Civic Center has a below average violent crime rate and a below average property crime rate for New York City.
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The Civic Center neighborhood is the beating heart of New York City government: City Hall, the NYC Department of Education, and the New York State Supreme Courthouse are just some of the institutions located here. This lower Manhattan neighborhood has traditionally been an afterthought for New Yorkers, but in recent years new development and affordable (for NYC) housing has attracted new residents.
This is not quite a vibrant neighborhood yet, but you can quickly walk to Tribeca or Chinatown, and thanks to the 15 subway lines that come through here you can easily get most anywhere else in the city.
What the neighborhood lacks in shopping, dining, and nightlife it makes up for with history. City Hall Park, now a popular spot for workers to eat lunch outdoors, once hosted important speeches and rallies during the American Revolution and protests during the Great Depression. The African Burial Ground National Monument marks what is believed to be the earliest cemetery for blacks, most of whom were slaves at the time. Scholars estimate up to 15,000 African Americans are buried here. Additionally, many of the newspaper companies that helped shape the city were originally based here.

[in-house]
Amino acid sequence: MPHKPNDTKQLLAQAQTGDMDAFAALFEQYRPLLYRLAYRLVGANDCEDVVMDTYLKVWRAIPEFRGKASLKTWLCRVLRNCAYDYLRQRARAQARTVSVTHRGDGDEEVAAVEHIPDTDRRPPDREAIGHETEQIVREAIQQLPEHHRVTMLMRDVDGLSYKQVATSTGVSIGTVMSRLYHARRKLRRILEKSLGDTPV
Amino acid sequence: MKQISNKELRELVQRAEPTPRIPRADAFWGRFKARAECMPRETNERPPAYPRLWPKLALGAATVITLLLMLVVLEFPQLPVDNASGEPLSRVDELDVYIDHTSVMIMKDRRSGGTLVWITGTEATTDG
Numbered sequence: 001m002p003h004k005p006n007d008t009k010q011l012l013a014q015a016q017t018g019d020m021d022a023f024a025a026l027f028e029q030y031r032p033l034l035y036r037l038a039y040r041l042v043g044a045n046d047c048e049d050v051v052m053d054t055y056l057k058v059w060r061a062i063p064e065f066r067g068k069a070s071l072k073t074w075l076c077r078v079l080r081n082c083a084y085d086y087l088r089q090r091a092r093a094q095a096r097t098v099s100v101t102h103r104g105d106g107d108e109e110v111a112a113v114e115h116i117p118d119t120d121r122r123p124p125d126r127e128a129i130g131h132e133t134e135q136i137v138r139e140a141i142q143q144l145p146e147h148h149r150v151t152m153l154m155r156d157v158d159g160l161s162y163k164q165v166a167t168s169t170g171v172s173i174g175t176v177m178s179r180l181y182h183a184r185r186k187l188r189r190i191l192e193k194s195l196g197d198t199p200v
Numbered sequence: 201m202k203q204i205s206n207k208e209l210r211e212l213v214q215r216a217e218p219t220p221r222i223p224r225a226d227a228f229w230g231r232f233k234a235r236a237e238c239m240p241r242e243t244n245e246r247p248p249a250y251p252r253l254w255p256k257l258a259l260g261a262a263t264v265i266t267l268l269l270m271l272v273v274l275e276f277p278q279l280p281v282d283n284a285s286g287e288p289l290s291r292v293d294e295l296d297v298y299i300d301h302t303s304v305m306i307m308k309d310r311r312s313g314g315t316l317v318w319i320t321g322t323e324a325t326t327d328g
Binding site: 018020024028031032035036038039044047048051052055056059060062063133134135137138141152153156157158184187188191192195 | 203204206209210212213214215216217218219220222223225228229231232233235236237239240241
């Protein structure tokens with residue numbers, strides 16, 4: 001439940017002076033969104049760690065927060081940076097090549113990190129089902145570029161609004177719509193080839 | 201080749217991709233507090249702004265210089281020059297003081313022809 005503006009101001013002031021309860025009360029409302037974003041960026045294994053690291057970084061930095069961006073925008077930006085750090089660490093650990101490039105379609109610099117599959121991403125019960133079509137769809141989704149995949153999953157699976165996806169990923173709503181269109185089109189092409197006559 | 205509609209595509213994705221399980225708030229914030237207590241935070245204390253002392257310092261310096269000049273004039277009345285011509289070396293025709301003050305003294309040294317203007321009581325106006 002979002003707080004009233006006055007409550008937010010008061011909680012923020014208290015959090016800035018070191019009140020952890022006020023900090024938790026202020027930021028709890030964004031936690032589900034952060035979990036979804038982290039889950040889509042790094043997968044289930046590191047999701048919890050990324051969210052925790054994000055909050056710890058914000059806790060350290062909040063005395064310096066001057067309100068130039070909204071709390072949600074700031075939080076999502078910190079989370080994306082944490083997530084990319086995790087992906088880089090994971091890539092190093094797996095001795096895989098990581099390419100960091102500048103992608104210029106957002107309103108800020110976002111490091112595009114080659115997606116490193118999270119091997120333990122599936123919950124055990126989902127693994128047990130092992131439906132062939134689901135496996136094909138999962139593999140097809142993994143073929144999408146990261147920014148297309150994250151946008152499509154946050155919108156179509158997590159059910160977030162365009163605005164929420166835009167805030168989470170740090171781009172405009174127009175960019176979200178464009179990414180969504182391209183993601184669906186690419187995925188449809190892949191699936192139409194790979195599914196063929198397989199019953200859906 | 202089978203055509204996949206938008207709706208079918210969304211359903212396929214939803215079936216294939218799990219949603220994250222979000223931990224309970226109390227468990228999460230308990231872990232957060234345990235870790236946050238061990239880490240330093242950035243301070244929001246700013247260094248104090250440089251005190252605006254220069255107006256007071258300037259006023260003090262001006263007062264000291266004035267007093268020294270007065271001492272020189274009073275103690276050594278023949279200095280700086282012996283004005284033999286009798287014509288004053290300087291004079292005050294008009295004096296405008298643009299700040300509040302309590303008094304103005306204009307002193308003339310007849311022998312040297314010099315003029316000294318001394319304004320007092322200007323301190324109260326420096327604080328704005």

Civic Center is bordered on the north by Chinatown and Two Bridges, on the east by the East River, on the south by the Financial District, and on the west by Tribeca.
Wall Street: 1 mile / 5-15 minutes by car / 10 minutes by transit / 15 minutes walking
Rockefeller Center: 3.5 miles / 15-40 minutes by car / 20-30 minutes by transit
Jersey City: 7 miles / 20-35 minutes by car / 25-30 minutes by transit
Once the world's tallest skyscraper, this beautiful building has a stunning lobby. It's no longer open to the public, but you can see it by taking one of daily tours.
This well manicured park fills with people on their lunch breaks. It's also the starting off point for walking across the Brooklyn Bridge.
For nearly a century, both free and enslaved Africans were buried in this spot. Rediscovered in 1991, there is now an exhibit and monument to its history.
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